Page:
Perhaps the greatest challenge facing the world today is the dramatic expansion of Satan’s influence. His attack is no longer subtle; it is bold and brash and difficult to avoid. Many sins compete openly for our attention, insisting that they are “acceptable” or even “normal” behavior. Satan has appropriated the media, particularly television and the Internet, to promote his depraved message.
We are not alone, however, in our struggle against evil. A central message of the Book of Mormon, one that is repeated over and over, is that by coming unto Christ we can be born again and thus overcome the world and its evil influences (see Moro. 10:32–33). When we become new creatures through the Atonement, we no longer desire to do evil but yearn to do good (see Mosiah 5:2).
In 1921 Elder David O. McKay (1873–1970), who later became the ninth President of the Church, made a world tour of the missions of the Church. While aboard a ship nearing Apia, Samoa, he had a beautiful experience that teaches a double lesson. First, it shows us the kind of thoughts we might entertain when we don’t really have to think about anything. Second, it shows us the rewards our Heavenly Father reserves for those who come unto Christ and overcome the world. President McKay wrote:
“Towards evening, the reflection of the afterglow of a beautiful sunset was most splendid! The sky was tinged with pink, and the clouds lingering around the horizon were fringed with various hues of crimson and orange, while the heavy cloud farther to the west was sombre purple and black. These various colors cast varying shadows on the peaceful surface of the water. Those from the cloud were long and dark, those from the crimson-tinged sky, clear but rose-tinted and fading into a faint pink that merged into the clear blue of the ocean. Gradually, the shadows became deeper and heavier, and then all merged into a beautiful calm twilight that made the sea look like a great mirror upon which fell the faint light of the crescent moon!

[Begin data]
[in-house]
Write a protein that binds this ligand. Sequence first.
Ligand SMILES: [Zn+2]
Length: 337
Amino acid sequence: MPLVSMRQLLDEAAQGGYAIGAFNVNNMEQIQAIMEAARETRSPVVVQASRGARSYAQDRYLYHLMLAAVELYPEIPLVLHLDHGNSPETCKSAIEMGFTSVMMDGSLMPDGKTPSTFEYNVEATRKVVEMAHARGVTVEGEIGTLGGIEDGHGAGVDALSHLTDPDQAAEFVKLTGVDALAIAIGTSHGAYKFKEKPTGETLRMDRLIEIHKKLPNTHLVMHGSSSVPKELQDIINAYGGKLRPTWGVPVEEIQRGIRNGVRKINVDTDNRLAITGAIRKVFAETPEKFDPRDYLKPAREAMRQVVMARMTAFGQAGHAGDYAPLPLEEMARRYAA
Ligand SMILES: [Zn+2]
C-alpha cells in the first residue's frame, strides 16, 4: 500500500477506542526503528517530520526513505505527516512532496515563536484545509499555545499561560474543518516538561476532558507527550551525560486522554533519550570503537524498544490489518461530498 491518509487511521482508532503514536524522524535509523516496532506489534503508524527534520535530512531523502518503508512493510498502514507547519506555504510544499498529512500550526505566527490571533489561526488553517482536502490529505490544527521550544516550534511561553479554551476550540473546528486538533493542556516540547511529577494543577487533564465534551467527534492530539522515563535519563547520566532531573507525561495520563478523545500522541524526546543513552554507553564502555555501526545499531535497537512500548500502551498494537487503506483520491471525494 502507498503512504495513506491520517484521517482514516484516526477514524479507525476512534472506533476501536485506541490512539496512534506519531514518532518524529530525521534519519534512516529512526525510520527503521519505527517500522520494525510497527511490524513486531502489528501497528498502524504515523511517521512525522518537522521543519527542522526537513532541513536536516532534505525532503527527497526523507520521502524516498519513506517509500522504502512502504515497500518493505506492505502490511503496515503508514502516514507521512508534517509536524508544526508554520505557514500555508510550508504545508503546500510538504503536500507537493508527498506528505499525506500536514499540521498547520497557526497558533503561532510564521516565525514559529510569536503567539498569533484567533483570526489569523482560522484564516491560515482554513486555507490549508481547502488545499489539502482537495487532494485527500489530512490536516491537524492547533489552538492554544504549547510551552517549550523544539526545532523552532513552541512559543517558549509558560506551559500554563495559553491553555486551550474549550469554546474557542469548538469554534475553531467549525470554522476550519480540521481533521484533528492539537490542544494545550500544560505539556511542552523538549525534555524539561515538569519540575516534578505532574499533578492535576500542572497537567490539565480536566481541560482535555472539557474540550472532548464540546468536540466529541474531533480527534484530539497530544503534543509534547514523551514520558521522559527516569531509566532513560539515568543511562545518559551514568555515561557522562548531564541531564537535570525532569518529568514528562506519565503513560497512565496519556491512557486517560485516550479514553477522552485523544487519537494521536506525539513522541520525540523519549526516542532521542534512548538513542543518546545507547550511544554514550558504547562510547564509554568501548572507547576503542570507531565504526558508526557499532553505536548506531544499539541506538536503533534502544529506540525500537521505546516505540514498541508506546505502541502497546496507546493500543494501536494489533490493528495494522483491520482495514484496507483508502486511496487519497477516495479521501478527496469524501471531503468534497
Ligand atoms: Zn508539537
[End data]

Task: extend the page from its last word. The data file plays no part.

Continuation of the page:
“Pondering still upon this beautiful scene, I lay in my berth at ten o’clock that night, and thought to myself: Charming as it is, it doesn’t stir my soul with emotion as do the innocent lives of children, and the sublime characters of loved ones and friends. Their beauty, unselfishness, and heroism are after all the most glorious!
“I then fell asleep, and beheld in vision something infinitely sublime. In the distance I beheld a beautiful white city. Though far away, yet I seemed to realize that trees with luscious fruit, shrubbery with gorgeously-tinted leaves, and flowers in perfect bloom abounded everywhere. The clear sky above seemed to reflect these beautiful shades of color. I then saw a great concourse of people approaching the city. Each one wore a white flowing robe. … Instantly my attention seemed centered upon their Leader, and though I could see only the profile of his features and his body, I recognized him at once as my Savior! The tint and radiance of his countenance were glorious to behold! There was a peace about him which seemed sublime—it was divine!
“The city, I understood, was his. It was the City Eternal; and the people following him were to abide there in peace and eternal happiness.
“But who were they?
“As if the Savior read my thoughts, he answered by pointing to a semicircle that then appeared above them, and on which were written in gold the words:
“When I awoke, it was breaking day over Apia harbor” (Cherished Experiences from the Writings of President David O. McKay, compiled by Clare Middlemiss , 101–2).